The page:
Let’s start with a disclaimer: The reality is, we can never fully understand every piece of Google’s search algorithm. Only Google has the secret insights into how the Google algorithm works.
However, we have developed a firm grasp on what is in Google’s algorithm by understanding several key factors:
Google’s mission is “to organize the world’s information and make it universally accessible and useful.” If you’ve made your site easy to use and navigate, and if you have rich content that addresses potential customer questions and pain points, you’re way ahead of your competitors already.
Why? Because you’ve already addressed most of the factors that Google could even use in their algorithm. You’ve done a huge part in helping Google succeed in their mission, because your information is organized and ready to consume. You’ve made it universally accessible, because your site is easy to use. You’ve also done such a great job answering customer questions and pain points that your site is now awesomely useful.
It doesn’t hurt that we have tens of thousands of hours of experience and education understanding how certain actions affect the way Google’s algorithm handles results.
Our agency has been around since 2007, which makes us essentially 100 years old in digital marketing years. From this experience, we know some things work well; some things help a little bit; some information is outdated; and some things that used to help no longer help.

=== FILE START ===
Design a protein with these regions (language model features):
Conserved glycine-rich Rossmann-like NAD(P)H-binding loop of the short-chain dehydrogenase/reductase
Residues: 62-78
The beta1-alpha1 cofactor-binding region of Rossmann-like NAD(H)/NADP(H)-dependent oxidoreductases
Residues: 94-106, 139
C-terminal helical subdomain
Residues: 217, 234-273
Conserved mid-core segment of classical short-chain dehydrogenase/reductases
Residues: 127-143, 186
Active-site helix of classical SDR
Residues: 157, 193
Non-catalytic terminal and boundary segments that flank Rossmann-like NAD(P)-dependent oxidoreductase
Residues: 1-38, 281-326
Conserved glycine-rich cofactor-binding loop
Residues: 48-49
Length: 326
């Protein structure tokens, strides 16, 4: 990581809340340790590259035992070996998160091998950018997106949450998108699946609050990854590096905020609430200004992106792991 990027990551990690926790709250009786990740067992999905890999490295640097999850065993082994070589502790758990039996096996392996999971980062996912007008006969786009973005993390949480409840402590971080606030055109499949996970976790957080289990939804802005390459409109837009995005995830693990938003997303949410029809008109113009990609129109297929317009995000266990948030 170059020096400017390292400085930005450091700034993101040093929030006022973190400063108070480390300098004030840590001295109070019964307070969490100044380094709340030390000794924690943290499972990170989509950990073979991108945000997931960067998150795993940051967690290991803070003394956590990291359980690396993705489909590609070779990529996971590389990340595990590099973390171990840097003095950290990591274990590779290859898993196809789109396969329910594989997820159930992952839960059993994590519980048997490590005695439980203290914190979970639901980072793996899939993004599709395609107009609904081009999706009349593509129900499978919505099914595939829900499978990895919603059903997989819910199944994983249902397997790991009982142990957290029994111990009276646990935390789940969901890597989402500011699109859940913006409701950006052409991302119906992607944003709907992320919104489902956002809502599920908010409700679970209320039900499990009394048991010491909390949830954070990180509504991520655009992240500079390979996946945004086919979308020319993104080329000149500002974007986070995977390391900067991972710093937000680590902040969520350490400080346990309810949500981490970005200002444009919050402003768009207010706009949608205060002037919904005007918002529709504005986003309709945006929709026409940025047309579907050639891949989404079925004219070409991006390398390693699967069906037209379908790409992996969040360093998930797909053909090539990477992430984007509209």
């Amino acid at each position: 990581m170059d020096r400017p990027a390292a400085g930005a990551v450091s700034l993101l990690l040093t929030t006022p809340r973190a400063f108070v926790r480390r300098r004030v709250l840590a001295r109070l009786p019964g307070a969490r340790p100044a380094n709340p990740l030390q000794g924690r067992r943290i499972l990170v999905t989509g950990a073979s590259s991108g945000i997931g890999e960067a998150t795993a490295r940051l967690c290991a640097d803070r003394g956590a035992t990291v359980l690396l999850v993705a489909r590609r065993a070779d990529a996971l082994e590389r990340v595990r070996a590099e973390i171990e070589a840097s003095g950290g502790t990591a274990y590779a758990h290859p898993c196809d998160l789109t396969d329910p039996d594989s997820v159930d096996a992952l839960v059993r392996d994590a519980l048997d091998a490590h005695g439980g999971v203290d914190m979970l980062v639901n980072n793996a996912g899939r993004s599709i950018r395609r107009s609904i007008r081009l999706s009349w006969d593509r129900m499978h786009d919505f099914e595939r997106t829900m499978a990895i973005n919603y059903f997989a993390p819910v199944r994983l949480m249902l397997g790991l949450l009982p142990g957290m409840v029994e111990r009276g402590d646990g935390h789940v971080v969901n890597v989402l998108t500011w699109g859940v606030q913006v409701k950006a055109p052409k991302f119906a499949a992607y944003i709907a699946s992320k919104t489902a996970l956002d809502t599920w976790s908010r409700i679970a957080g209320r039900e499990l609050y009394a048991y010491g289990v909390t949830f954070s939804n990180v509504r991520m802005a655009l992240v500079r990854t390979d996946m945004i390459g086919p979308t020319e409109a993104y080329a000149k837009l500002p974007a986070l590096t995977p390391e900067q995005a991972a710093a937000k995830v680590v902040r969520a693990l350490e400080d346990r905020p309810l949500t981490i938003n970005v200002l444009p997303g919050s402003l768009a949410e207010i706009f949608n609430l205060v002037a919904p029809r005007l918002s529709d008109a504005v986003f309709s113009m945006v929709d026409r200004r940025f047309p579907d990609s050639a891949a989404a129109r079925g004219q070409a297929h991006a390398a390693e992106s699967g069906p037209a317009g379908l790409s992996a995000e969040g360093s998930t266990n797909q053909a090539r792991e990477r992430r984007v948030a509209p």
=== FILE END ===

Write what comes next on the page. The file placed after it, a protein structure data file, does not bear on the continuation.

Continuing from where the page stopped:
We also know what hurts. Whether you call it SEO or knowing the algorithm, the goal is to attract the right audience and lead them to purchase. Over the years, we’ve learned how specific actions improve rankings. This has helped us safely estimate what the algorithm does consist of.
With that information, we can prioritize areas of emphasis when outlining our recommendations. That way, our clients get the healthiest mix of improvements based on a cost/benefit analysis. For example, bolding text on every landing page isn’t going to be worth it, since it produces nominal increases, if any, in rankings. What we do know, though, is that when search visitors immediately find the search term they used on the page, they are more likely to convert.
For future redesigns or landing page improvements, clarifying the information people are looking for will only improve your results. Sure, page design, layout, content structure, and sizing are all important factors. But if choosing between SEO or user experience, it’s critical to understand that user experience is increasingly important to Google’s ranking factors. If Google sees that a site visitor quickly left your page, it may reverse any temporary boosts to your rankings.
The biggest gray area in the perception of the algorithm is the understanding of link building and general “popularity” around the web. Again, rather than worrying about how Google thinks about things in their algorithm, how do you think about things?
Do you prefer companies that showcase expertise and are visible in the industry and major publications? Or do you prefer a company that stays under the radar and doesn’t prove knowledge?